In recent years, a revolutionary understanding of thermodynamics has emerged that explains this subjectivity using quantum information theory – “a toddler among physical theories,” as del Rio and co-authors put it, that describes the spread of information through quantum systems.
Popescu, who won a Dirac Medal last year for his insights in quantum information theory and quantum foundations, said he and his collaborators work by “Pushing quantum mechanics into a corner,” gathering at a blackboard and reasoning their way to a new insight after which it’s easy to derive the associated equations.
Janet Anders, a quantum information scientist at the University of Exeter, takes a technology-driven approach to understanding quantum thermodynamics.
With her colleagues in the network, she hopes to discover the rules governing the quantum transitions of quantum engines and fridges, which could someday drive or cool computers or be used in solar panels, bioengineering and other applications.
In 2015, Oppenheim and other collaborators showed that the second law of thermodynamics is replaced, on quantum scales, by a panoply of second “Laws” – constraints on how the probability distributions defining the physical states of particles evolve, including in quantum engines.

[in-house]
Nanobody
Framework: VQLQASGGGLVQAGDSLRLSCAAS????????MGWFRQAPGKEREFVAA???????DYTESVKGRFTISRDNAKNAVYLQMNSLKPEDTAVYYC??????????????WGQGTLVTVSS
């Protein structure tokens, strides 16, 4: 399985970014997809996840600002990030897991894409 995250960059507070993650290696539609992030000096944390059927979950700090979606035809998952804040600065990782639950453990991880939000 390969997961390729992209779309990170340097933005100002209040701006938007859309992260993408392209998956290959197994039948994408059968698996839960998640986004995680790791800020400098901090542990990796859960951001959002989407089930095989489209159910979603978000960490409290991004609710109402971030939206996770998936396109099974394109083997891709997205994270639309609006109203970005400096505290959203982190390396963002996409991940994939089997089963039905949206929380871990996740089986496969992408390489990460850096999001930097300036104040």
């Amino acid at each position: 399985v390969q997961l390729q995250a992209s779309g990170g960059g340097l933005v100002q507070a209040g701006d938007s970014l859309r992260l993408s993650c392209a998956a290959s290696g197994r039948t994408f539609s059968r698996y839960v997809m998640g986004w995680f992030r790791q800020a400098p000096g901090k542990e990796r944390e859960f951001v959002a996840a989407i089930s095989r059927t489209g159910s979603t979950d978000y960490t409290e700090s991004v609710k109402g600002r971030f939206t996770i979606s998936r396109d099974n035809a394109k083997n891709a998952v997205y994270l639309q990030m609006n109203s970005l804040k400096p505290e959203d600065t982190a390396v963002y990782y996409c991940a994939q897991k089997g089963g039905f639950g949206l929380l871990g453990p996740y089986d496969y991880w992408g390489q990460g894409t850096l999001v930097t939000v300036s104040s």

Peter Hänggi, a vocal critic at the University of Augsburg in Germany, thinks the importance of information is being oversold by ex-practitioners of quantum computing, who he says mistake the universe for a giant quantum information processor instead of a physical thing.
“Many exciting things have been thrown on the table, a bit in disorder; we need to put them in order,” said Valerio Scarani, a quantum information theorist and thermodynamicist at the National University of Singapore who was part of the team that reported the quantum fridge.